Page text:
Criticism over troop withdrawal emerges from beyond the GOP

“If it was a timeline with a strong statement that said, ‘Hey, this is our plan, but no plan survives contact with reality and, of course, we are going to adjust based on conditions on the ground,’ then no problem,” said Michèle A. Flournoy, who served as the undersecretary of defense for policy during Mr. Obama’s first term. “Are the Afghans on the path we have planned for, or are they not? Is the insurgency as we expected, or is it worse? All those things have to be factored in.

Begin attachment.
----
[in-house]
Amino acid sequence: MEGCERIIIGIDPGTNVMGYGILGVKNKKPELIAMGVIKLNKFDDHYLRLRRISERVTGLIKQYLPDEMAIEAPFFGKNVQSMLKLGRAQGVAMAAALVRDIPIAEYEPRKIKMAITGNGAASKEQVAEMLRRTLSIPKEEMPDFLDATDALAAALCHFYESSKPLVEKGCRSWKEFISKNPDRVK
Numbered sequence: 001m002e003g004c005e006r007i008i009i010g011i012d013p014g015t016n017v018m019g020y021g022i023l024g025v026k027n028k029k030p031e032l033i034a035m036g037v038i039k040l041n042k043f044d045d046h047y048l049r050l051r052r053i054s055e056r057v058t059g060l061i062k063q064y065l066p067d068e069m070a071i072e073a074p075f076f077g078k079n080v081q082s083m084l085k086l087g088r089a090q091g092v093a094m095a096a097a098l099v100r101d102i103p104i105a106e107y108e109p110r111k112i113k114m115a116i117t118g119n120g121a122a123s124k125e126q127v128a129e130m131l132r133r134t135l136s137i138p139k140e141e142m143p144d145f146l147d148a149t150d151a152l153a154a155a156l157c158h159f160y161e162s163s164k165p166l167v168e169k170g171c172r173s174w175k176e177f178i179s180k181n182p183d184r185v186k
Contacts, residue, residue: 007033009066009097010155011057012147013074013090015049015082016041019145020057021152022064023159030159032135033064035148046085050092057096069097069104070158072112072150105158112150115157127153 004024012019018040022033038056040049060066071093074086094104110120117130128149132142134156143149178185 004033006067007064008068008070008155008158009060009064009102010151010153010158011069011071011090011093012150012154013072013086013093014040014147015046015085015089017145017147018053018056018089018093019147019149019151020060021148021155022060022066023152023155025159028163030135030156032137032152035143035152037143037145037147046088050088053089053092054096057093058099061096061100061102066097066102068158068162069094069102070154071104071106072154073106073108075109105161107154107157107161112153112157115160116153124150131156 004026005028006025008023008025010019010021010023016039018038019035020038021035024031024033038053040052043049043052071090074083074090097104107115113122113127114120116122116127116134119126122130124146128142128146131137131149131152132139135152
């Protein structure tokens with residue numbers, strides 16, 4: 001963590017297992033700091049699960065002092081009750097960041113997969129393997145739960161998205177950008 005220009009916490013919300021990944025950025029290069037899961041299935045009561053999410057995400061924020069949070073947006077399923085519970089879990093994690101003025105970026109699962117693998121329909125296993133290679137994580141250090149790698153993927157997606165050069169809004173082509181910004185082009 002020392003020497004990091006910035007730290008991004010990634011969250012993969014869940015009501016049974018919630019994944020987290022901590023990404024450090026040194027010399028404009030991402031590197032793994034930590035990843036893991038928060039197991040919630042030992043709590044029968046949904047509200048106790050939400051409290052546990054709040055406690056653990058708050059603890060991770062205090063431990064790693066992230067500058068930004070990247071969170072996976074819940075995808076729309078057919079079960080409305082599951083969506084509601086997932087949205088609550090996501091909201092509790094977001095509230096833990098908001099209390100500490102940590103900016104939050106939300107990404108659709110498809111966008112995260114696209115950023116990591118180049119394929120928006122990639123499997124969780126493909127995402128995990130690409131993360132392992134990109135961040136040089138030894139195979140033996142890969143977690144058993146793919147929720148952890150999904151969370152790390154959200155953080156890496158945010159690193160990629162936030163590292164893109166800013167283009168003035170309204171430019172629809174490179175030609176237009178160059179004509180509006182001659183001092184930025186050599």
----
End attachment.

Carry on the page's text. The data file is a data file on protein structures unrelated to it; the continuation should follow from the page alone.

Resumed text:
“But what I am hearing out of the White House is that ‘hell or high water, this is what we are going to do.’ ”

James N. Mattis, the retired Marine general who oversaw the war in Afghanistan as head of the United States Central Command from 2010 to 2013, said it was particularly unwise to set a public deadline for removing American troops.

“When you set a deadline, you give the enemy a reason for optimism, and in foreign policy, we should be reticent at telling our adversaries in advance what we will not do,” General Mattis said in an interview.